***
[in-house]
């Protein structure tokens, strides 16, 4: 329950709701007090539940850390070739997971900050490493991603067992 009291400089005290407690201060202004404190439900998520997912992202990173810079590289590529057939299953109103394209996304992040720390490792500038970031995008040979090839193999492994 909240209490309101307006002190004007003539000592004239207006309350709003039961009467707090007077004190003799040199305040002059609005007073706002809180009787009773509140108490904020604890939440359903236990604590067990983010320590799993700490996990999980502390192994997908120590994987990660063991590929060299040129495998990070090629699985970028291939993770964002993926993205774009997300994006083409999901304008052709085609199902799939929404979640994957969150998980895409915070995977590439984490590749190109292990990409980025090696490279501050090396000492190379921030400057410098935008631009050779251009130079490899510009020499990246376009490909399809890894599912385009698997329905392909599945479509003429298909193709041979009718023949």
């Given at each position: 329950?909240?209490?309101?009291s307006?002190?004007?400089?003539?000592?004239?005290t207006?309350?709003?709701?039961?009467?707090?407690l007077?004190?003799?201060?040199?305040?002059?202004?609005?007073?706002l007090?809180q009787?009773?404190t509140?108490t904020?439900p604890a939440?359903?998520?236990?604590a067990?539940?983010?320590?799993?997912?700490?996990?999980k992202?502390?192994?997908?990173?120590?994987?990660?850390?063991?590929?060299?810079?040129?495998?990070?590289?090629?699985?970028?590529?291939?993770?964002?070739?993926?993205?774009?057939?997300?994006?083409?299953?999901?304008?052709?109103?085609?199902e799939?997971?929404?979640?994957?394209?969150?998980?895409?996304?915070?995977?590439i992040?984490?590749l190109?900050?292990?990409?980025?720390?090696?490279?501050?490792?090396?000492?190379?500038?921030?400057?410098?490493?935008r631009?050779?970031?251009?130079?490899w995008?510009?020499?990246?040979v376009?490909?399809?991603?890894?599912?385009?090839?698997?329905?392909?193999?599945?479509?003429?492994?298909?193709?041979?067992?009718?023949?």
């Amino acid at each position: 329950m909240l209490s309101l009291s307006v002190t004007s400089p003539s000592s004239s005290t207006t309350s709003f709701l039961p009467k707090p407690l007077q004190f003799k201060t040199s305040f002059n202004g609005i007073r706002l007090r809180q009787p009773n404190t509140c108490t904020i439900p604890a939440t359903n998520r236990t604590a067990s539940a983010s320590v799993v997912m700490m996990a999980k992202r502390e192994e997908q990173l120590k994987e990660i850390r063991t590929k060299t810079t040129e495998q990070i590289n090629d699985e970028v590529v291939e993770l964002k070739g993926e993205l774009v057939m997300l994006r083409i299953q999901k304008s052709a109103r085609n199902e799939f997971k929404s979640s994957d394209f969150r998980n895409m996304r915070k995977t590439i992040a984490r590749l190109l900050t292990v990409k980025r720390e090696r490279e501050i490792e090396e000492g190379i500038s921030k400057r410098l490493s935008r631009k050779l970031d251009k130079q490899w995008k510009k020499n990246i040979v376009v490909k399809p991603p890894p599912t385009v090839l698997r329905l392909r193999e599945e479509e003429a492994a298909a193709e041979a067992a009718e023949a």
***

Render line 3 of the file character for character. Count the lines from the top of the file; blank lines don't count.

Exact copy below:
């Given at each position: 329950?909240?209490?309101?009291s307006?002190?004007?400089?003539?000592?004239?005290t207006?309350?709003?709701?039961?009467?707090?407690l007077?004190?003799?201060?040199?305040?002059?202004?609005?007073?706002l007090?809180q009787?009773?404190t509140?108490t904020?439900p604890a939440?359903?998520?236990?604590a067990?539940?983010?320590?799993?997912?700490?996990?999980k992202?502390?192994?997908?990173?120590?994987?990660?850390?063991?590929?060299?810079?040129?495998?990070?590289?090629?699985?970028?590529?291939?993770?964002?070739?993926?993205?774009?057939?997300?994006?083409?299953?999901?304008?052709?109103?085609?199902e799939?997971?929404?979640?994957?394209?969150?998980?895409?996304?915070?995977?590439i992040?984490?590749l190109?900050?292990?990409?980025?720390?090696?490279?501050?490792?090396?000492?190379?500038?921030?400057?410098?490493?935008r631009?050779?970031?251009?130079?490899w995008?510009?020499?990246?040979v376009?490909?399809?991603?890894?599912?385009?090839?698997?329905?392909?193999?599945?479509?003429?492994?298909?193709?041979?067992?009718?023949?």